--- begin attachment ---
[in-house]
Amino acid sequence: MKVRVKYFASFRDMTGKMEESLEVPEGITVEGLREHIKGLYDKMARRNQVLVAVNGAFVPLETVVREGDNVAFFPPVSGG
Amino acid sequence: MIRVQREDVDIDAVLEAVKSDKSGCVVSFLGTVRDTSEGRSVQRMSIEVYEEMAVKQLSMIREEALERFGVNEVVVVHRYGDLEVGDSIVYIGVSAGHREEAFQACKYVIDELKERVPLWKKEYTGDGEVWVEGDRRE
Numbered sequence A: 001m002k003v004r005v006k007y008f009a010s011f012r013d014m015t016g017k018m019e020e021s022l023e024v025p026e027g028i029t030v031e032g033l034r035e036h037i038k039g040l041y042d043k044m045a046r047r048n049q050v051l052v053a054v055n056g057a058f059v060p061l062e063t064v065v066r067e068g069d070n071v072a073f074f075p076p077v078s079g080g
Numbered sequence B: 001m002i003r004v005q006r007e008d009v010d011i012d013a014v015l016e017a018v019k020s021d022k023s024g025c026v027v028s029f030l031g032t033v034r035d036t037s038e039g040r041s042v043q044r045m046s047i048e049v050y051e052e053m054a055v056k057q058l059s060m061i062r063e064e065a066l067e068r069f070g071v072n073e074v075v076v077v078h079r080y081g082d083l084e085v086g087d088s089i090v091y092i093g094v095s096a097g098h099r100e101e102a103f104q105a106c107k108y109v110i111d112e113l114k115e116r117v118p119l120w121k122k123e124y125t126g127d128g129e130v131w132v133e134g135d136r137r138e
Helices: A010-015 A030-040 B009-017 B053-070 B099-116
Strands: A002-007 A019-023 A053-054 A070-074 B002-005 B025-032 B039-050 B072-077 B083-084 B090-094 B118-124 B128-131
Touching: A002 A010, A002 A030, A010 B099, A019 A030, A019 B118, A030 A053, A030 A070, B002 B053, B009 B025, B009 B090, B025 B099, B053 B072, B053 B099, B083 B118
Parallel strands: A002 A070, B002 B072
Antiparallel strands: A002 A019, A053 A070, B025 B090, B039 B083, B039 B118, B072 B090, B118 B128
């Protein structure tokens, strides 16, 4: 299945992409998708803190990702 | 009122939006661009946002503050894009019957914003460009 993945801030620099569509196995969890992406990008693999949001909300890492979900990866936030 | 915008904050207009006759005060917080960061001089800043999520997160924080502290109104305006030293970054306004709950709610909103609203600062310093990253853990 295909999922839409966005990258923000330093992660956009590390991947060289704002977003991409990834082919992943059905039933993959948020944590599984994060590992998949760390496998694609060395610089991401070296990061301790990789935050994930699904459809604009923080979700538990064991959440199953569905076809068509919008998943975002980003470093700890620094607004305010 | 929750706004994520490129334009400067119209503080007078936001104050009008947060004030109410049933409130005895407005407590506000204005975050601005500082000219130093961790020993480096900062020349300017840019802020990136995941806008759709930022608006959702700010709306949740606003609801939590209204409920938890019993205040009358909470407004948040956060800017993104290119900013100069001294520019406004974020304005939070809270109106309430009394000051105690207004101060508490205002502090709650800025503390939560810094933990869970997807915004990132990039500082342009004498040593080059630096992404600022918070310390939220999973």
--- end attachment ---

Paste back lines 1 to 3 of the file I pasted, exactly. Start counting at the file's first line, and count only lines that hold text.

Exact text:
[in-house]
Amino acid sequence: MKVRVKYFASFRDMTGKMEESLEVPEGITVEGLREHIKGLYDKMARRNQVLVAVNGAFVPLETVVREGDNVAFFPPVSGG
Amino acid sequence: MIRVQREDVDIDAVLEAVKSDKSGCVVSFLGTVRDTSEGRSVQRMSIEVYEEMAVKQLSMIREEALERFGVNEVVVVHRYGDLEVGDSIVYIGVSAGHREEAFQACKYVIDELKERVPLWKKEYTGDGEVWVEGDRRE